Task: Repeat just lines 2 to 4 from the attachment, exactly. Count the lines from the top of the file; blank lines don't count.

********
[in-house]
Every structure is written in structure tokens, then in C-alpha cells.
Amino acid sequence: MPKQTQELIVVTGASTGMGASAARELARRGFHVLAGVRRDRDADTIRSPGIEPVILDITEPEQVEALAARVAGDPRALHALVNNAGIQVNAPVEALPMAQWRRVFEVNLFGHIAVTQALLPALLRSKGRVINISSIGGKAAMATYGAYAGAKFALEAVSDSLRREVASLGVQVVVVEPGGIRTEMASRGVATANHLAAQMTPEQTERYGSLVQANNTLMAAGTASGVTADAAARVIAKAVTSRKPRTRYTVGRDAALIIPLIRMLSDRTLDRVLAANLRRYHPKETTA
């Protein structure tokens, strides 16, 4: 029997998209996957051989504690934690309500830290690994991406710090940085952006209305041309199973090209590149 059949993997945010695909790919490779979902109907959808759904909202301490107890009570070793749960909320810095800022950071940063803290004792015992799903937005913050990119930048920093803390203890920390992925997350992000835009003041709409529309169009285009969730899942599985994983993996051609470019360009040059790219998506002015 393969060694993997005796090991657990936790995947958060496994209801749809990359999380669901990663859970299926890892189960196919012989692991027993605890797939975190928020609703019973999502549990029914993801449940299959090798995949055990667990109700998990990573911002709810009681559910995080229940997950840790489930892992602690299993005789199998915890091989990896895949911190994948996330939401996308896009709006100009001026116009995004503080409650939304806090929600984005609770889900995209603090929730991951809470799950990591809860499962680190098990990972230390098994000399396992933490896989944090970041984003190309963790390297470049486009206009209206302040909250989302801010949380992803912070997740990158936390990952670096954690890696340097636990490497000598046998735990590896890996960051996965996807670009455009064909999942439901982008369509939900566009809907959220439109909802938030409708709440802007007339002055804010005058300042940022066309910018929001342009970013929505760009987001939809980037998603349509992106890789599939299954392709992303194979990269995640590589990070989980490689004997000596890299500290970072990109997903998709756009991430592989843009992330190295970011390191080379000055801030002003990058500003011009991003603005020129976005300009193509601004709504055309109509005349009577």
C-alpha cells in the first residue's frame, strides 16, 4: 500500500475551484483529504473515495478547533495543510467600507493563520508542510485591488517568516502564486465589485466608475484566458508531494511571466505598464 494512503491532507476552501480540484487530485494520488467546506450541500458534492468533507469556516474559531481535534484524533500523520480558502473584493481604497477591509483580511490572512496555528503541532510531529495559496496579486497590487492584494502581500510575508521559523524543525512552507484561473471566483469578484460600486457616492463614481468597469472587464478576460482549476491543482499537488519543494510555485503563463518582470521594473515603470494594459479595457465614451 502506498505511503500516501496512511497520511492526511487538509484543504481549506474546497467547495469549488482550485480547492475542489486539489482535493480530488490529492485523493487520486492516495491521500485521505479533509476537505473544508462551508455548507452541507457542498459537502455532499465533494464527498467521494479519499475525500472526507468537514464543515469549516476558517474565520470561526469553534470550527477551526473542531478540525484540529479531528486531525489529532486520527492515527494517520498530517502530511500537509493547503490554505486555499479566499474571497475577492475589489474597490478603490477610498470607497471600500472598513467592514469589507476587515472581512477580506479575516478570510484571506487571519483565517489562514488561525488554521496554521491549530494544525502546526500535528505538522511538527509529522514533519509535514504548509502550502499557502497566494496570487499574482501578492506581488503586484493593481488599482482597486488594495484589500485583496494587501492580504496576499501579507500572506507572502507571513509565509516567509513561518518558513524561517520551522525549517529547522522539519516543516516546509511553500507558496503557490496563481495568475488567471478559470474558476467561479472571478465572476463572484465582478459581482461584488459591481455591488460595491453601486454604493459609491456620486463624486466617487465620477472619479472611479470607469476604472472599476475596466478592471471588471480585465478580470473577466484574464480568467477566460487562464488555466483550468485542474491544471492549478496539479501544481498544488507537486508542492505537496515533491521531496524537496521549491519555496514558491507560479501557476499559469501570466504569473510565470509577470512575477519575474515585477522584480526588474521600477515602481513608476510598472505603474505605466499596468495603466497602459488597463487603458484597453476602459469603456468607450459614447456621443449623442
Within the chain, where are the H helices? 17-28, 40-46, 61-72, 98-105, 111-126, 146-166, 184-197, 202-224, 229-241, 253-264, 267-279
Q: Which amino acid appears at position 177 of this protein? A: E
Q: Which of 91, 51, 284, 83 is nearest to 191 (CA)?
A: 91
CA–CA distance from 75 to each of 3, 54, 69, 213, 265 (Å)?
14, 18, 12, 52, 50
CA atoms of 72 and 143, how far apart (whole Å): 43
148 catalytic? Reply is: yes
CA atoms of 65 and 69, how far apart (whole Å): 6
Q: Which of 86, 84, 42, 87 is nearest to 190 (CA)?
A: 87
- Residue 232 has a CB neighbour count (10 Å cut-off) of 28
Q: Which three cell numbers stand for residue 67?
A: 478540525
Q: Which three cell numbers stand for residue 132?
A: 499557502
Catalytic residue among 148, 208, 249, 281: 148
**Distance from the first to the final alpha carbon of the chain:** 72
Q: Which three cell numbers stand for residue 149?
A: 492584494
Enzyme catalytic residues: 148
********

Every structure is written in structure tokens, then in C-alpha cells.
Amino acid sequence: MPKQTQELIVVTGASTGMGASAARELARRGFHVLAGVRRDRDADTIRSPGIEPVILDITEPEQVEALAARVAGDPRALHALVNNAGIQVNAPVEALPMAQWRRVFEVNLFGHIAVTQALLPALLRSKGRVINISSIGGKAAMATYGAYAGAKFALEAVSDSLRREVASLGVQVVVVEPGGIRTEMASRGVATANHLAAQMTPEQTERYGSLVQANNTLMAAGTASGVTADAAARVIAKAVTSRKPRTRYTVGRDAALIIPLIRMLSDRTLDRVLAANLRRYHPKETTA
């Protein structure tokens, strides 16, 4: 029997998209996957051989504690934690309500830290690994991406710090940085952006209305041309199973090209590149 059949993997945010695909790919490779979902109907959808759904909202301490107890009570070793749960909320810095800022950071940063803290004792015992799903937005913050990119930048920093803390203890920390992925997350992000835009003041709409529309169009285009969730899942599985994983993996051609470019360009040059790219998506002015 393969060694993997005796090991657990936790995947958060496994209801749809990359999380669901990663859970299926890892189960196919012989692991027993605890797939975190928020609703019973999502549990029914993801449940299959090798995949055990667990109700998990990573911002709810009681559910995080229940997950840790489930892992602690299993005789199998915890091989990896895949911190994948996330939401996308896009709006100009001026116009995004503080409650939304806090929600984005609770889900995209603090929730991951809470799950990591809860499962680190098990990972230390098994000399396992933490896989944090970041984003190309963790390297470049486009206009209206302040909250989302801010949380992803912070997740990158936390990952670096954690890696340097636990490497000598046998735990590896890996960051996965996807670009455009064909999942439901982008369509939900566009809907959220439109909802938030409708709440802007007339002055804010005058300042940022066309910018929001342009970013929505760009987001939809980037998603349509992106890789599939299954392709992303194979990269995640590589990070989980490689004997000596890299500290970072990109997903998709756009991430592989843009992330190295970011390191080379000055801030002003990058500003011009991003603005020129976005300009193509601004709504055309109509005349009577």